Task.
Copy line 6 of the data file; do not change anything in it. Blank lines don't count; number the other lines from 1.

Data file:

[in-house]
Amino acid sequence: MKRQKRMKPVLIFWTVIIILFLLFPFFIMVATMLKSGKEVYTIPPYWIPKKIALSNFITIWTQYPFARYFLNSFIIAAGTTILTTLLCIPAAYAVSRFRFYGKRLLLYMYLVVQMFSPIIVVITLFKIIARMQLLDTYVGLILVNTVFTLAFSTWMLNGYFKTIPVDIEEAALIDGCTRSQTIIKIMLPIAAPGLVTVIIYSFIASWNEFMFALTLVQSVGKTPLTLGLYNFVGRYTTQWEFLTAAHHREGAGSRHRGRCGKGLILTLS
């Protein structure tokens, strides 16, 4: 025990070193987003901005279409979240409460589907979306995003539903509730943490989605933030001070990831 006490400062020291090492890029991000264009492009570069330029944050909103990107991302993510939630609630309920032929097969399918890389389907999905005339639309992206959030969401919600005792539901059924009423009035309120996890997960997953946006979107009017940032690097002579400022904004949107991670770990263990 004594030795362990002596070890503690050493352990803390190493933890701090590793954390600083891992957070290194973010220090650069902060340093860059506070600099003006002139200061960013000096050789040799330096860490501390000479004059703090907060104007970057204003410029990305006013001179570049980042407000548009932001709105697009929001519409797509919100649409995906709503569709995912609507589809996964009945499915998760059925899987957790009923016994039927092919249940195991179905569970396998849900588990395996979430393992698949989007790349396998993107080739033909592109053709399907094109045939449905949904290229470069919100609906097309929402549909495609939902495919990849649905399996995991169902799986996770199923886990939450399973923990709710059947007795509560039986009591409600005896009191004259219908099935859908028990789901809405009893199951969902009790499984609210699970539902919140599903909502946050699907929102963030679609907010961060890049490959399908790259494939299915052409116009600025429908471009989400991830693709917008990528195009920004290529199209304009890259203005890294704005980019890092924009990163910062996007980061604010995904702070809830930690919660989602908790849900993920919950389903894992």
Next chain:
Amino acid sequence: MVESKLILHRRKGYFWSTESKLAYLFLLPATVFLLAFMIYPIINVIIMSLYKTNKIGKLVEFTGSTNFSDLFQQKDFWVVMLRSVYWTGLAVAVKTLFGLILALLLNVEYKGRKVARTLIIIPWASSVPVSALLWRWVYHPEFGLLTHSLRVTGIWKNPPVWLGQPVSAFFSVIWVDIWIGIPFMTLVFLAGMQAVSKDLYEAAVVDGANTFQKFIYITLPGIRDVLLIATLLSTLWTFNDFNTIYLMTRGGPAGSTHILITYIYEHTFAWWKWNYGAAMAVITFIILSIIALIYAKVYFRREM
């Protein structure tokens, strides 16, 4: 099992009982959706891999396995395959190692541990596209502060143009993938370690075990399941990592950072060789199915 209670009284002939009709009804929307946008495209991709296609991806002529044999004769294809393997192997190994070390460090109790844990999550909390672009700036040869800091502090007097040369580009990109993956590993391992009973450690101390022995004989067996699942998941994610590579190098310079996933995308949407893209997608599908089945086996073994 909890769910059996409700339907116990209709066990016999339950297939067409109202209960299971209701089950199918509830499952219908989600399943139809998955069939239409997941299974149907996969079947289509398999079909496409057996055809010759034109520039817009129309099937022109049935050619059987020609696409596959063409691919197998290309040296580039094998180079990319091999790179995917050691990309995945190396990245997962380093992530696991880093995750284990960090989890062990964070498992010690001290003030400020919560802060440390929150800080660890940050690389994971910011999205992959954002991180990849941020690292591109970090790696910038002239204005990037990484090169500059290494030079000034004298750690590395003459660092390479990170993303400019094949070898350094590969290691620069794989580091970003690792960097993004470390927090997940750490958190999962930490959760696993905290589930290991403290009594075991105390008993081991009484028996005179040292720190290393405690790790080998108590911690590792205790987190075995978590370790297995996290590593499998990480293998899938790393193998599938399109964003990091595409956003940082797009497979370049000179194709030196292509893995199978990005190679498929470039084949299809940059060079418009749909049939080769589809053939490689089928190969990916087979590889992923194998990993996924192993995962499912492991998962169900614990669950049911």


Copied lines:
């Protein structure tokens, strides 16, 4: 099992009982959706891999396995395959190692541990596209502060143009993938370690075990399941990592950072060789199915 209670009284002939009709009804929307946008495209991709296609991806002529044999004769294809393997192997190994070390460090109790844990999550909390672009700036040869800091502090007097040369580009990109993956590993391992009973450690101390022995004989067996699942998941994610590579190098310079996933995308949407893209997608599908089945086996073994 909890769910059996409700339907116990209709066990016999339950297939067409109202209960299971209701089950199918509830499952219908989600399943139809998955069939239409997941299974149907996969079947289509398999079909496409057996055809010759034109520039817009129309099937022109049935050619059987020609696409596959063409691919197998290309040296580039094998180079990319091999790179995917050691990309995945190396990245997962380093992530696991880093995750284990960090989890062990964070498992010690001290003030400020919560802060440390929150800080660890940050690389994971910011999205992959954002991180990849941020690292591109970090790696910038002239204005990037990484090169500059290494030079000034004298750690590395003459660092390479990170993303400019094949070898350094590969290691620069794989580091970003690792960097993004470390927090997940750490958190999962930490959760696993905290589930290991403290009594075991105390008993081991009484028996005179040292720190290393405690790790080998108590911690590792205790987190075995978590370790297995996290590593499998990480293998899938790393193998599938399109964003990091595409956003940082797009497979370049000179194709030196292509893995199978990005190679498929470039084949299809940059060079418009749909049939080769589809053939490689089928190969990916087979590889992923194998990993996924192993995962499912492991998962169900614990669950049911």